Adulthood and Old Age


From the end of adolescence it is an unwelcome but none the less inevitable and accepted fact that each of us begins to develop a variety of physical defects and failures leading to a gradual deterioration of physical and mental facilities. This has repercussions on our images of ourselves (our self-concepts) and on our relationships with others. Although society has taken account of this deterioration problem in some instances, such as retirement (often called disengagement), retraining, insurance and pension schemes, certain aspects do cause concern. For instance from the mid-twenties onwards promotional prospects tend to increase so that age brings responsibility, though as cognitive speed, conceptual complexity, and physical dexterity decline, there is also less efficiency.


Elderly Person Pension Scheme Psychomotor Performance Slow Reaction Time Taboo Topic 
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Further Reading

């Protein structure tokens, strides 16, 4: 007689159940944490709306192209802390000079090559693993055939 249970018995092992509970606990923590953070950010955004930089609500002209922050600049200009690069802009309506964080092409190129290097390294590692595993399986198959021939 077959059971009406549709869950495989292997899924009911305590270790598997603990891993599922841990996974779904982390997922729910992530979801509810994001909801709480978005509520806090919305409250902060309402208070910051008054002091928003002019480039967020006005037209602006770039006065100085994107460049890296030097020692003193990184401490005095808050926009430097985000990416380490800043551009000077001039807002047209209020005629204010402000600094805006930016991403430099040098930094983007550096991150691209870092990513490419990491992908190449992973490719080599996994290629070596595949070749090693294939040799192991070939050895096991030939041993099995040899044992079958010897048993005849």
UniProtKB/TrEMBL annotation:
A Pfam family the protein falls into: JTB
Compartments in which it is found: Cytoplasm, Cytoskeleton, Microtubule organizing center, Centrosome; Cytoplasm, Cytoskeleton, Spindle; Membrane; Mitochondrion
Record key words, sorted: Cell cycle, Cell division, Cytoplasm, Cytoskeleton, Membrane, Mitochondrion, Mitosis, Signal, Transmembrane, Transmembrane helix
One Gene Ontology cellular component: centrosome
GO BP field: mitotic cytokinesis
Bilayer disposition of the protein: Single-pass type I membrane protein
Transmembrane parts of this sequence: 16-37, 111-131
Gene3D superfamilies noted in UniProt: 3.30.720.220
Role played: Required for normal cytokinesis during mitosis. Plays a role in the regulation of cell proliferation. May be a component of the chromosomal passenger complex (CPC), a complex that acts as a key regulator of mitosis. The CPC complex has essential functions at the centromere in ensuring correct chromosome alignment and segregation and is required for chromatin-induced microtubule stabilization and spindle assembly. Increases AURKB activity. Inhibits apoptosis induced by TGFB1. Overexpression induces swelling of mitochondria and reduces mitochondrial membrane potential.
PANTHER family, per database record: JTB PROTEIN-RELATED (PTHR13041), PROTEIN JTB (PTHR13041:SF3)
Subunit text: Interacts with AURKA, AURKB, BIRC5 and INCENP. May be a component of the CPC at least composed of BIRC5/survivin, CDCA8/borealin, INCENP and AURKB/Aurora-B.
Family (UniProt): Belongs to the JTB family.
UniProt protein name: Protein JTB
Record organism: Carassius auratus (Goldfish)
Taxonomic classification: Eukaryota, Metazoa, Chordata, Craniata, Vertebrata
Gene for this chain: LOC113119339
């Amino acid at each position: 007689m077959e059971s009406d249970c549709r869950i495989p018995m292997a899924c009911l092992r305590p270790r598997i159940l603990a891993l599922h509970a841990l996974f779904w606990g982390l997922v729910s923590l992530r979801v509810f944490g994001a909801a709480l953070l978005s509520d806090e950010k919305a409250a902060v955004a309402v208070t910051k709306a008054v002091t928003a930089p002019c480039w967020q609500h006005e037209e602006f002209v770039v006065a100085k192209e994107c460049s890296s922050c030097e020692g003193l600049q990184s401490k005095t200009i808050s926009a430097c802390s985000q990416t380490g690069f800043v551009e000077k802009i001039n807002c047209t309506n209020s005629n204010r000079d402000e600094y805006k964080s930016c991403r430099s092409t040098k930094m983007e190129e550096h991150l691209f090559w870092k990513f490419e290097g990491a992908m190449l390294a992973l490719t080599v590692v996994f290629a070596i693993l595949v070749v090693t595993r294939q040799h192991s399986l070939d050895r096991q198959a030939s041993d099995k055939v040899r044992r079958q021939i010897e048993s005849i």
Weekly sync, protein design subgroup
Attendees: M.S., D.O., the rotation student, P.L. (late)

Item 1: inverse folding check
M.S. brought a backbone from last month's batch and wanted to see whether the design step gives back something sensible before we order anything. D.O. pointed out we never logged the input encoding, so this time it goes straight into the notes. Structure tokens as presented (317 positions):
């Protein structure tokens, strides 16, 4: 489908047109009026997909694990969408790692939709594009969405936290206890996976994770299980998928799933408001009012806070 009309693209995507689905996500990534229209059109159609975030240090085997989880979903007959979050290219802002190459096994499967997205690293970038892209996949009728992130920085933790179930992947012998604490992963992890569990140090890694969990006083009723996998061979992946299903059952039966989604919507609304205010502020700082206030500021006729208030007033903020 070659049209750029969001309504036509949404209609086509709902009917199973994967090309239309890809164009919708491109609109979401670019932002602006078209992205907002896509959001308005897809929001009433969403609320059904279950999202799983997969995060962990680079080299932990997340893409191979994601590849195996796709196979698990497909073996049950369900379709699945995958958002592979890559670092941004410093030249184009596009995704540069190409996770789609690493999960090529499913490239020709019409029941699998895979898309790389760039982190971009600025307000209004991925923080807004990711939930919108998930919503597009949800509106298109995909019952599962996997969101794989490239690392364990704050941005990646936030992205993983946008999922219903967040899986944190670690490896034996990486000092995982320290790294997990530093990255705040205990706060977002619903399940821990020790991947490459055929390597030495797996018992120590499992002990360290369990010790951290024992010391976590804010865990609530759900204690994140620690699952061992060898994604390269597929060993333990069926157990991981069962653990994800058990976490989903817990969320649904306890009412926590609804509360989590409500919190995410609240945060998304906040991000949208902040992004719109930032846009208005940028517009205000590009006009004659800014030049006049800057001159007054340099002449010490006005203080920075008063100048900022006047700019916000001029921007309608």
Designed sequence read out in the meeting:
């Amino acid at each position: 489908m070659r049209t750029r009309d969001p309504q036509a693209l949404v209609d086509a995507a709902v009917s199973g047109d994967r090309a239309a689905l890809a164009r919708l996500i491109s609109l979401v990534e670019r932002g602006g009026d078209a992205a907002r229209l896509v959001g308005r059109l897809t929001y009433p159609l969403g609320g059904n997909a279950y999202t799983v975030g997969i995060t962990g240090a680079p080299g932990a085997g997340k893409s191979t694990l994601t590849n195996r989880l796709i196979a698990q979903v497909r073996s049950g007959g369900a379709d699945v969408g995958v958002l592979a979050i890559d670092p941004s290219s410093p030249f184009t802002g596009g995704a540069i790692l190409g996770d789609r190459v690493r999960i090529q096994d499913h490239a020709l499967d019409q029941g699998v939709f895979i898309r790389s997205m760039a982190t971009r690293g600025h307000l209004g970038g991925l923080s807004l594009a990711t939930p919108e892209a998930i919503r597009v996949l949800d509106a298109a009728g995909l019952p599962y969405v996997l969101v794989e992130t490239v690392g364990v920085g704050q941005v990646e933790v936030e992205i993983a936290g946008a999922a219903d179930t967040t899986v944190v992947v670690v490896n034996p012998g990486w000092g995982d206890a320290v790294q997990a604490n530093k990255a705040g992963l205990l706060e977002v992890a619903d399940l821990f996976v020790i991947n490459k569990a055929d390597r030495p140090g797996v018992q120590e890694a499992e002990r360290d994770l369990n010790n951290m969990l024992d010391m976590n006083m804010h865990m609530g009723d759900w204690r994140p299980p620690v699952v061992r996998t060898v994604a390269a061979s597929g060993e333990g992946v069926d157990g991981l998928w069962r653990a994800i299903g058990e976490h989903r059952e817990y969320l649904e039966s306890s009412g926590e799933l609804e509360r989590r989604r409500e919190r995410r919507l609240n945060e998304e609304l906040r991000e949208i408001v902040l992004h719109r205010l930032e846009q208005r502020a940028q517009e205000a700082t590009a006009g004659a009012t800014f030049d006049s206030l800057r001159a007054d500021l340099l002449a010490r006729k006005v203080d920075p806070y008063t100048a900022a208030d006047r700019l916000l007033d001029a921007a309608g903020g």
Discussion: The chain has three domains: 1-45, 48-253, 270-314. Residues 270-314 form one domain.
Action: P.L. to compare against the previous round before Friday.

1. Bromley, D.B. (1974). Psychology of Human Ageing (Harmondsworth: Penguin)Google Scholar
  2. Cox, H. (1988). Later Life Realities of Aging (New York: Prentice Hall)Google Scholar
  3. Kennedy, C.E. (1978). Human Development: The Adult Years (New York: Macmillan)Google Scholar
  4. Kimmel, D.C. (1974). Adulthood and Ageing (London: Wiley)Google Scholar
  5. Parkes, C.P. (1972). Bereavement (Harmondsworth: Penguin)Google Scholar
  6. Turner, J. and Helms, D. (1979). Contemporary Adulthood (London: Saunders)Google Scholar
  7. Williams, M. (1970). Geriatric patients. In: P. Mittler (ed.) The Psychological Assessment of Mental and Physical Handicap (London: Methuen)Google Scholar

Copyright information

© Kluwer Academic Publishers 1991

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